80. 80.
    Streicher RM, Schön R, Semlitsch M (1990) Untersuchung des tribologischen Verhaltens von Metall/Metall-Kombinationen für künstliche Hüftgelenke. Biomed Tech 35: 107–111Google Scholar
  81. 81.
    Streicher RM, Weber H, Schön R, Semlitsch M (1991) New surface modification of Ti-6Al-7Nb alloy: Oxygen diffusion hardening. Biomaterials 12: 125–129Google Scholar
  82. 82.
    Stühmer KG (1995) Das Ravensburger Hüftendoprothesensystem: Lamellenschaft und Schraubpfanne. In: METASUL in der Hüftendoprothetik. Huber, BernGoogle Scholar
  83. 83.
    Thompson FR (1954) Two-and-a-half years’ experience with a Vitallium intramedullary hip prosthesis. J Bone Joint Surg [Am] 36: 489Google Scholar
  84. 84.
    Townley CA (1982) Hemi- and total articular replacement arthroplasty of the hip with the fixed femoral cup. Orthop Clin North Am 13: 869PubMedGoogle Scholar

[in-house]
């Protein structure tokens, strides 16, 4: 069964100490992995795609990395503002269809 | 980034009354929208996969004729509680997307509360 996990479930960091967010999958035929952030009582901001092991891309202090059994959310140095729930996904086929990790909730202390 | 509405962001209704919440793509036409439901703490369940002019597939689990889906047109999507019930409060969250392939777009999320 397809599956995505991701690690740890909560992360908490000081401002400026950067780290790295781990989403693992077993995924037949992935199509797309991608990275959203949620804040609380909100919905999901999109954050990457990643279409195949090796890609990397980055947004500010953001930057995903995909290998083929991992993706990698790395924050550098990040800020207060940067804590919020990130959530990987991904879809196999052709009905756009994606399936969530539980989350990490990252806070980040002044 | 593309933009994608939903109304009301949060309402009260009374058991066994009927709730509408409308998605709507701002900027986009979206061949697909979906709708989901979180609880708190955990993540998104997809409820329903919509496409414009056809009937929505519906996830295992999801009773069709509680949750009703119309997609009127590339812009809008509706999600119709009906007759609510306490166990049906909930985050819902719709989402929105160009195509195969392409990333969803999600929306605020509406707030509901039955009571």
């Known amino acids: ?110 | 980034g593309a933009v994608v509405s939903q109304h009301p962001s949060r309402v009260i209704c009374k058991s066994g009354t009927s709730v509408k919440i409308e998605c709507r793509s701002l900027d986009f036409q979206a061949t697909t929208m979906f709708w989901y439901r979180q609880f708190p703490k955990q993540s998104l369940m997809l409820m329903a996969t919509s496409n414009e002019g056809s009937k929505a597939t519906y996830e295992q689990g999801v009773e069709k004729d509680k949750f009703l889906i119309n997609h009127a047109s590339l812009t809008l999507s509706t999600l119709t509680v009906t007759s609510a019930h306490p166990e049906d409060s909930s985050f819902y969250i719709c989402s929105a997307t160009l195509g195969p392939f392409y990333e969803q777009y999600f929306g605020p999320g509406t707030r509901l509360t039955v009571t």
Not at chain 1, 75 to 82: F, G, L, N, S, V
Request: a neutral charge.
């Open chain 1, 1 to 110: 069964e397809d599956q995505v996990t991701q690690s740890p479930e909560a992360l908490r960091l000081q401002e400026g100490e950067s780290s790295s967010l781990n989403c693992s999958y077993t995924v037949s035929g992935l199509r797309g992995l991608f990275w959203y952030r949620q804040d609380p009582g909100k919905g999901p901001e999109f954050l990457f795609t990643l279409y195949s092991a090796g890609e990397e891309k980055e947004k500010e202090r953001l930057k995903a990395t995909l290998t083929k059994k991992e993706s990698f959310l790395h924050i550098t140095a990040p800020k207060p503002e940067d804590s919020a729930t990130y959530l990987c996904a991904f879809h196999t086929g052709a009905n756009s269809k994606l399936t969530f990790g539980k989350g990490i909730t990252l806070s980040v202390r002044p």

85. 85.
    Vails J (1952) A new prosthesis for arthroplasty of the hip. J Bone Joint Surg [Br] 34: 308Google Scholar
  86. 86.
    Vernon-Roberts B, Freeman MAR (1976) Morphological and analytical studies of the tissues adjacent to joint prostheses: Investigations into the causes of loosening of prostheses. In: Schaldach M, Hohmann D (eds) Advances in artificial hip and knee joint technology. Springer, Berlin Heidelberg New York, pp 148–186Google Scholar
  87. 87.
    Wagner H, Wagner M (1993) Femur-Revisionsprothese. Z Orthop 131: 574–577PubMedGoogle Scholar
  88. 88.
    Waugh W, Charnley J (1990) The man and the hip. Springer, LondonGoogle Scholar
  89. 89.
    Webb PJ, Wright KWJ, Winter GD (1980) The Monk „Soft top“endoprosthesis — clinical, biomechanical and histopathological observations. J Bone Joint Surg [Br] 62: 174–178Google Scholar
  90. 90.
    Weber BG, Fiechter Th (1989) Polyäthylen-Verschleiß und Spätlockerung der Totalprothese des Hüftgelenkes. Orthopäde 18: 370–376PubMedGoogle Scholar
  91. 91.
    Weightman B (1977) Friction, lubrication and wear. In: Swanson SAV, Freeman MAR (eds) The scientific basis of joint replacement. Pitman Medical, Turnbridge Wells, United Kingdom, p 46Google Scholar